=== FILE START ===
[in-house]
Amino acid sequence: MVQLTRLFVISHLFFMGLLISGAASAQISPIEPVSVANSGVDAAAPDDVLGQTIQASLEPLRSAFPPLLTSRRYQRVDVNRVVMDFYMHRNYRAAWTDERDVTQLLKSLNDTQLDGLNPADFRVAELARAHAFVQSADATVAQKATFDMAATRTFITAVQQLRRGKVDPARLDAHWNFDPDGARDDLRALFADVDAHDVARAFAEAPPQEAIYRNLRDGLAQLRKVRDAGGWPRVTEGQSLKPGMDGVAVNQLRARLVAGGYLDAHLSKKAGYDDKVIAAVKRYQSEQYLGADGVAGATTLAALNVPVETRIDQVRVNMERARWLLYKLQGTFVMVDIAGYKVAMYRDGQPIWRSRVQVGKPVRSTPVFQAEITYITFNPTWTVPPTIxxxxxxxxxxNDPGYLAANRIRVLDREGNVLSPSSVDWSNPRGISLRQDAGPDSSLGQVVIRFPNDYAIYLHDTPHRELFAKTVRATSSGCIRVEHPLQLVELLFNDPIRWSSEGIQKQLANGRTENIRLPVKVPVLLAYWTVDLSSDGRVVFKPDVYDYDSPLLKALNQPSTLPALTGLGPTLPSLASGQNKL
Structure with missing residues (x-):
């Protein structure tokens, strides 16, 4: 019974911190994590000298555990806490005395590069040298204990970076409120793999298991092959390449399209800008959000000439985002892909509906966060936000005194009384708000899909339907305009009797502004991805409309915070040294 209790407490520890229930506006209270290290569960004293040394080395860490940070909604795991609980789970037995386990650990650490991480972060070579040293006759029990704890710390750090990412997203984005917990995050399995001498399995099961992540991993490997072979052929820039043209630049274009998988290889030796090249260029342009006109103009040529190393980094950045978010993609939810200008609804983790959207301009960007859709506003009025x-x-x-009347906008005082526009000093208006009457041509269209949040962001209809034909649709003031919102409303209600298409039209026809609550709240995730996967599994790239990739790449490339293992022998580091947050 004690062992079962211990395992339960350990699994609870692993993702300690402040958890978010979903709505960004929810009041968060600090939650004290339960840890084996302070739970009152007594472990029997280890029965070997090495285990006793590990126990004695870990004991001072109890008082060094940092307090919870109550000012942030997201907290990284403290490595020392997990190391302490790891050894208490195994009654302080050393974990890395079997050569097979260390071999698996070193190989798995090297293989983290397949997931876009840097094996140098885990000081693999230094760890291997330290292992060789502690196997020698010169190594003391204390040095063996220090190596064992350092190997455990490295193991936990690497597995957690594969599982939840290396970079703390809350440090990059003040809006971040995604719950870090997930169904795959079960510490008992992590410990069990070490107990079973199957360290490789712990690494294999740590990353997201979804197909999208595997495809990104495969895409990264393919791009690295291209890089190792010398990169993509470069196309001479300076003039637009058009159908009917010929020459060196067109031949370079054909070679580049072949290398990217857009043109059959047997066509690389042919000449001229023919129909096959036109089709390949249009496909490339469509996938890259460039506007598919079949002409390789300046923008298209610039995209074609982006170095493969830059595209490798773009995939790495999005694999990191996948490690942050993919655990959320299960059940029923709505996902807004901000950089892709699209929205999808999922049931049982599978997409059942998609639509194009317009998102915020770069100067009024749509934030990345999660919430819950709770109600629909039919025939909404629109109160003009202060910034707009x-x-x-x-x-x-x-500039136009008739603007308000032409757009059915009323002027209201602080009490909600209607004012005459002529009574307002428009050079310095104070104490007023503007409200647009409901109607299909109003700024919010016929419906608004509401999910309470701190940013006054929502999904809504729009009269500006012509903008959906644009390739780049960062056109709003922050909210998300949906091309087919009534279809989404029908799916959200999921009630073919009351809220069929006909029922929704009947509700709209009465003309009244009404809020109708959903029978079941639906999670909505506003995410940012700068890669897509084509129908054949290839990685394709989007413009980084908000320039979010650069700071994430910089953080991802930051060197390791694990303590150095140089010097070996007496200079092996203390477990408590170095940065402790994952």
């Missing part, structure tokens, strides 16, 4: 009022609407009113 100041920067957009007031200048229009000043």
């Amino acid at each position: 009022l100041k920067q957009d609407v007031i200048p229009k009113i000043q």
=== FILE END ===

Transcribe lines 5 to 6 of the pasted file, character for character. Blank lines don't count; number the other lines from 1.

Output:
């Missing part, structure tokens, strides 16, 4: 009022609407009113 100041920067957009007031200048229009000043």
């Amino acid at each position: 009022l100041k920067q957009d609407v007031i200048p229009k009113i000043q």